Lodging Can Be An Issue

“It is a struggle for where people stay the night when they come here. A lot of them stay in Vrbo’s. The big problem is the “hotel” word is a big word. That is big. We have our big corporate event coming back in June and they want to double their size, which is great. That is a $25,000 tournament that we are booking again. Their convention is in Hot Springs. They take buses to come out, play golf, and then head back for their dinners and the convention in the city. We don’t have a big enough place and no housing,” Heffer explained.

Avila asked, “if we had a place for them to stay, then we would get their lodging revenue? We would get their food and beverage revenue?”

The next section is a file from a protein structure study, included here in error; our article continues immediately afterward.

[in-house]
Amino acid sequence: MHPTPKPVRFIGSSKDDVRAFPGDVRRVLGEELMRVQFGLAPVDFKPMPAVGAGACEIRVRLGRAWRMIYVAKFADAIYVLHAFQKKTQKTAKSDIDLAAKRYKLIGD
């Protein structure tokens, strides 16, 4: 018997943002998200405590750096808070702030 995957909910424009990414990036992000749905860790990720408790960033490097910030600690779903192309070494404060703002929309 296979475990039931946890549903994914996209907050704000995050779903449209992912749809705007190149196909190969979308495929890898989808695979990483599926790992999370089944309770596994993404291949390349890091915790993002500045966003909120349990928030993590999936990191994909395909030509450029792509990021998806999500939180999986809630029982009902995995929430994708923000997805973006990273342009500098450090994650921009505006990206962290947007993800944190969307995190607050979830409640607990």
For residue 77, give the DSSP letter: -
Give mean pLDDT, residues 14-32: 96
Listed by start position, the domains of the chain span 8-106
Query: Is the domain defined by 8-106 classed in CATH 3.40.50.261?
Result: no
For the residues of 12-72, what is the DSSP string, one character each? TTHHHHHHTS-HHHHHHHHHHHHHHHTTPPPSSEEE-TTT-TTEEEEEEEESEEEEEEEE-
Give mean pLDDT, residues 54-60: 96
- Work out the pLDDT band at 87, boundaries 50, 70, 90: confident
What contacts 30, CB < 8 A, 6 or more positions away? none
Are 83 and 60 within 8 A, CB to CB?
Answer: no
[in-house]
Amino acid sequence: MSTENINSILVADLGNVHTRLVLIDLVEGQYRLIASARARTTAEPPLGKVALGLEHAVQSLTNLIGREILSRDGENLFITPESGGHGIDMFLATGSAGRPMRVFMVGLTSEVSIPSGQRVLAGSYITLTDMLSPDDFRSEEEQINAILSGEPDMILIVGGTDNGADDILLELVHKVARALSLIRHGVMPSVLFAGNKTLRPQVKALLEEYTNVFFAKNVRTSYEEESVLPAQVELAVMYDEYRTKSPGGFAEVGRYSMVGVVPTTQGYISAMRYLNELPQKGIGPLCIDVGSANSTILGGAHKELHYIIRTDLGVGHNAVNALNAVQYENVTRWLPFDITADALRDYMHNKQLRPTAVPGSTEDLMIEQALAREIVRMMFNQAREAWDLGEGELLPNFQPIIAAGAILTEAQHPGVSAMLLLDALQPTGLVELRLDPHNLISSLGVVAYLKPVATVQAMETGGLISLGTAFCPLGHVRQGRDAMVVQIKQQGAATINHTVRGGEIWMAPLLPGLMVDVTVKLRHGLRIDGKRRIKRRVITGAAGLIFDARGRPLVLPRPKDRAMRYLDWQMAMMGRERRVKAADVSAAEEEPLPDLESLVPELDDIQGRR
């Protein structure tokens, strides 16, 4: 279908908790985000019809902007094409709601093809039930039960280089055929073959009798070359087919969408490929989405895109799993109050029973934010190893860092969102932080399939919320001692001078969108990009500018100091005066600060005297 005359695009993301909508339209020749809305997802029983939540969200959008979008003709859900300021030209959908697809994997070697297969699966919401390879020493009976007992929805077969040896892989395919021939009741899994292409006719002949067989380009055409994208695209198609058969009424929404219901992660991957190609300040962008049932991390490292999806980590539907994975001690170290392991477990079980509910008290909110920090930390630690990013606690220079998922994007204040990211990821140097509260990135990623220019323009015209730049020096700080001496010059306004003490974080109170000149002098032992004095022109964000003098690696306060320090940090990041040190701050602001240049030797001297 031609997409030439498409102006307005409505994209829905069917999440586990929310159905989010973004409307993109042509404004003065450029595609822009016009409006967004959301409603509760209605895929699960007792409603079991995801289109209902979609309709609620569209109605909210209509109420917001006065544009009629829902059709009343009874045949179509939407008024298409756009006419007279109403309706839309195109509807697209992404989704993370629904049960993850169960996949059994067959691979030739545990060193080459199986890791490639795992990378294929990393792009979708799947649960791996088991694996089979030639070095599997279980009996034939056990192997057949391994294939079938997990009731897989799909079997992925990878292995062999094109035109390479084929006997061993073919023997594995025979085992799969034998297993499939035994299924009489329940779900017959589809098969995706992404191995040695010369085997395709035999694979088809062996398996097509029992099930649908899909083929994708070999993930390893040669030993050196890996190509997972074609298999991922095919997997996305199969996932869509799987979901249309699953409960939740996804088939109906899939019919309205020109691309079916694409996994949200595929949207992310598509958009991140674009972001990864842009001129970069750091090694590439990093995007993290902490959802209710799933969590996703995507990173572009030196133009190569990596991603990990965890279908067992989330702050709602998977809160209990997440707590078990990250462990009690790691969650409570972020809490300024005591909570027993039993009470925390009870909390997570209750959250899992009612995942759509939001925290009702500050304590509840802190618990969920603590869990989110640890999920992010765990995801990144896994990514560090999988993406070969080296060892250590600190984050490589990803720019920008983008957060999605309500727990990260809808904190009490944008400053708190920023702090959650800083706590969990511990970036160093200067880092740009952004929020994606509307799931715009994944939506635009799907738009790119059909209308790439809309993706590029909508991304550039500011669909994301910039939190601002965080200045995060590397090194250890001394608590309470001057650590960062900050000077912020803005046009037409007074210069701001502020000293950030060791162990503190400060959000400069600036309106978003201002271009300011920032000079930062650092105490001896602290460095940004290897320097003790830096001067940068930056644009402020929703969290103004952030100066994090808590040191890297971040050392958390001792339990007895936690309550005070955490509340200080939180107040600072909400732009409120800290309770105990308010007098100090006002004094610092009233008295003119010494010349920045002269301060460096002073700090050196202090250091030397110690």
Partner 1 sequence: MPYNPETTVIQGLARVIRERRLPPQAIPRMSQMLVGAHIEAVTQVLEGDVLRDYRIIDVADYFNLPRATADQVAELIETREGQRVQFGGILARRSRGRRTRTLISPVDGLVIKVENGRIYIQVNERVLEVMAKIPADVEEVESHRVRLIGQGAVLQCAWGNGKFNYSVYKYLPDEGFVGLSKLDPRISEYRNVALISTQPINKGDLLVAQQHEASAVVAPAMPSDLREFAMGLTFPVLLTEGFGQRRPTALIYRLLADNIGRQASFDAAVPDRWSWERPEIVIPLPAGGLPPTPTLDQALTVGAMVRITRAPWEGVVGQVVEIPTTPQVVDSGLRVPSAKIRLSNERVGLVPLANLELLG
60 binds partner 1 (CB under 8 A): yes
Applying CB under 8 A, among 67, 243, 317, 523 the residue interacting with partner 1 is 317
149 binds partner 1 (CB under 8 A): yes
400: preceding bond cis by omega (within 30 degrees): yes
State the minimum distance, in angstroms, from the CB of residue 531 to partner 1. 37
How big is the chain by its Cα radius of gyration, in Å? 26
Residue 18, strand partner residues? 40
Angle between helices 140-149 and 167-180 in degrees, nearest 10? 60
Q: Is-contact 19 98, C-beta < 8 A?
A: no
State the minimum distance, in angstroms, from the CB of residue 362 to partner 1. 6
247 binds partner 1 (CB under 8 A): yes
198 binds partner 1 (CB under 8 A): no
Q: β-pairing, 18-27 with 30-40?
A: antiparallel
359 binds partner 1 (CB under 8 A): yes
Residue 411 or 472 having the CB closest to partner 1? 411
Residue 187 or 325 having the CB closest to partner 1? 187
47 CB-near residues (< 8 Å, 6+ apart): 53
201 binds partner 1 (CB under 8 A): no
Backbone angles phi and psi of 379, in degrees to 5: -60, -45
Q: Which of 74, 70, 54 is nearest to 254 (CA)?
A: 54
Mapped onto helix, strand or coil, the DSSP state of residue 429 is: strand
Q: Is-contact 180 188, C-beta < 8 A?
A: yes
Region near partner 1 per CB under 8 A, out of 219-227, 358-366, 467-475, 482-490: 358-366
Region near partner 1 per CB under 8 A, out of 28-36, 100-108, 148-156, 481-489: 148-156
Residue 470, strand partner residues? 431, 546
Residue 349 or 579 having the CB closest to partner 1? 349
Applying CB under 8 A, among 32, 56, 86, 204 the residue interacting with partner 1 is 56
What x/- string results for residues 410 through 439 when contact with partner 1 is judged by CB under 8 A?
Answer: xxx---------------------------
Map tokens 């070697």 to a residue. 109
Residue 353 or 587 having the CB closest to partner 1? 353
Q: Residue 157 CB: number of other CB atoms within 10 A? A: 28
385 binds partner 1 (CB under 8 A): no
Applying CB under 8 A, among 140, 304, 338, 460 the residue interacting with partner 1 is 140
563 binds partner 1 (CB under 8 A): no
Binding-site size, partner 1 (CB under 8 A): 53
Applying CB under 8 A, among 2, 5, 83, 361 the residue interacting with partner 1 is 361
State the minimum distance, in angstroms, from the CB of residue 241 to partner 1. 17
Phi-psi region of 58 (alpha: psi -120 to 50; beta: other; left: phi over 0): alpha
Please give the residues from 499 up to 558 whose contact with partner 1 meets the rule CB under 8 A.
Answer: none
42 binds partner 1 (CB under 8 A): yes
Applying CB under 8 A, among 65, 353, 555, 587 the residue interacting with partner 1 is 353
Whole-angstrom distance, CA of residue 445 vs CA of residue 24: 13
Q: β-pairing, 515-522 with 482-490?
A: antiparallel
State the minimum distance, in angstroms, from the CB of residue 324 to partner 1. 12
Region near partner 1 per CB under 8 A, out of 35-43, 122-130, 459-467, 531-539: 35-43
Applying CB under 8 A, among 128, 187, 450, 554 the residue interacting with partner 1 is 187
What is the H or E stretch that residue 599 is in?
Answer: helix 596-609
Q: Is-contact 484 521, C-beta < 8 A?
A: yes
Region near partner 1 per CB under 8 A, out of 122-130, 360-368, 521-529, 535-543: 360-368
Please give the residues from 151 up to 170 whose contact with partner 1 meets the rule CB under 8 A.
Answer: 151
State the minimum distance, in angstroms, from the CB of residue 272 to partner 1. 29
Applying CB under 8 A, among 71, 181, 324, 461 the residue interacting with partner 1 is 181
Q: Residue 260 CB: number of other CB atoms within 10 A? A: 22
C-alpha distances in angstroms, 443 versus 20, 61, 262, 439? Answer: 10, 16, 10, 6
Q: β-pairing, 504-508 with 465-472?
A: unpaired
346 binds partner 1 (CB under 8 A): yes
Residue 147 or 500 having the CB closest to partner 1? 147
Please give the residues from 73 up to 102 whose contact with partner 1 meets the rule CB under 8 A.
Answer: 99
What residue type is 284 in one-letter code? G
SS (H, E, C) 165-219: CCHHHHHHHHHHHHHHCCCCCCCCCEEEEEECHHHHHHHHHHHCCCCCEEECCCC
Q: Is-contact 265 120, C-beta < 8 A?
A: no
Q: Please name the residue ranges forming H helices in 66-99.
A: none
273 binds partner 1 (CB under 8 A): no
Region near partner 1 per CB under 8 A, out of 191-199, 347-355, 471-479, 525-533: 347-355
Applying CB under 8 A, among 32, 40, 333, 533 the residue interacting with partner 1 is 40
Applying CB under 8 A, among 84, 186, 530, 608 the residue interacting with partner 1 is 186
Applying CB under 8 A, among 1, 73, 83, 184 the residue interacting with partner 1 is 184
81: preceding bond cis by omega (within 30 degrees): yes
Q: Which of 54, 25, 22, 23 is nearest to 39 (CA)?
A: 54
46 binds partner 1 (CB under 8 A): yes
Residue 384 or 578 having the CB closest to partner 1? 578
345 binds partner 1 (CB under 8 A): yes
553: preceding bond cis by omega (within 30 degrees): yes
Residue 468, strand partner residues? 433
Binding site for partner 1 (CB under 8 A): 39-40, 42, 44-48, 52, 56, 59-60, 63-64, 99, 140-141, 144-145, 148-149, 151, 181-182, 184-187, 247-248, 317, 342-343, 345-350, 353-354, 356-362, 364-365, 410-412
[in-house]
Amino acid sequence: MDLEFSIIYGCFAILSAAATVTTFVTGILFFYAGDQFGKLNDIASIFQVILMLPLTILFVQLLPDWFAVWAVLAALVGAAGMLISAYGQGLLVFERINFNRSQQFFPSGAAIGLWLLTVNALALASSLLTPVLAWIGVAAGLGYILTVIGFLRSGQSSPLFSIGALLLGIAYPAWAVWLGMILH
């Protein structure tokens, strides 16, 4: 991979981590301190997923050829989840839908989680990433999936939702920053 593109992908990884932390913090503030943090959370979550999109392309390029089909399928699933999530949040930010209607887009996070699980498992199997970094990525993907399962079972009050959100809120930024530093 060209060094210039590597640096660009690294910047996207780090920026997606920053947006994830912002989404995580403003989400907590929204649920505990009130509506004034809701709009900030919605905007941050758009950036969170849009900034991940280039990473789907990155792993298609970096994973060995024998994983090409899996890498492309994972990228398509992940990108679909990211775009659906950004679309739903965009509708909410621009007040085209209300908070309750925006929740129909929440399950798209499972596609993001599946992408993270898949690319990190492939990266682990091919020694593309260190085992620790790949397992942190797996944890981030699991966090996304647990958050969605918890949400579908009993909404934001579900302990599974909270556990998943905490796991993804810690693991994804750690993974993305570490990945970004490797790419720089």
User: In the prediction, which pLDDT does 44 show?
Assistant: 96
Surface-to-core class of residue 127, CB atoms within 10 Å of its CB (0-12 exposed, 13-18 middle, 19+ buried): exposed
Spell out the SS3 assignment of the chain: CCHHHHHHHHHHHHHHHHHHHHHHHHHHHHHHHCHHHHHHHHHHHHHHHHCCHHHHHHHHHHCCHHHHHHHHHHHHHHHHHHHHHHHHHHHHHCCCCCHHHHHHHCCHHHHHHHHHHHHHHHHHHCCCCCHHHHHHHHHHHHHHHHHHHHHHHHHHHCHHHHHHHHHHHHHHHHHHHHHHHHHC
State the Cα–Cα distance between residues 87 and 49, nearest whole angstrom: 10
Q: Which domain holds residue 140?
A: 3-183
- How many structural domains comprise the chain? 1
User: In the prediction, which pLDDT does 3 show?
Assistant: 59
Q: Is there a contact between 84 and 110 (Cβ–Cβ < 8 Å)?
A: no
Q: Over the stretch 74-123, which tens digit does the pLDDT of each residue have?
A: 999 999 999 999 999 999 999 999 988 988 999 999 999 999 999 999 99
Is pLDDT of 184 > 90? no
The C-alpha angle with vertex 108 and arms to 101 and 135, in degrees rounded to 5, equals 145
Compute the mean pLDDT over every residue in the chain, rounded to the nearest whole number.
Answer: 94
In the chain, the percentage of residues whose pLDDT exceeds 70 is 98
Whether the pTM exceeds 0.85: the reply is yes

Tom replied, “I believe they would stay out here.”

The GM said, “that is our Achilles heel. For ten years before I left, I was trying to promote that. Our main competition is Branson, Tunica and Shreveport…They have absolutely no trouble with rooms. We do. If we had a place to book packages and people, the Golf Department alone could keep them full, 70%. It is unbelievable…We have tried to get people interested over the years, but we just don’t fit the demographics.”

Stephanie Heffer, Director of Programs and Operations, said, “Kevin Sexton, Director of Tourism and Community Affairs, is meeting with a hotel contractor today (May 12, 2021). We’ve been pursuing this for a number of years and we’ve kind of hit a wall, just about every turn. People are interested and excited until they start to really run the numbers. They just can’t pencil it out to make it quite fit. But we’re continuing to try…Hopefully, we will have something to report.”

John Paul said, “It is not for lack of effort. I promise you.”

The POA would not own the lodge and would not receive lodging revenue.

Pam Avila said, “From an economic point of view, it is still a good thing for the Village.”

Jones said, “I just don’t want the POA to run it.”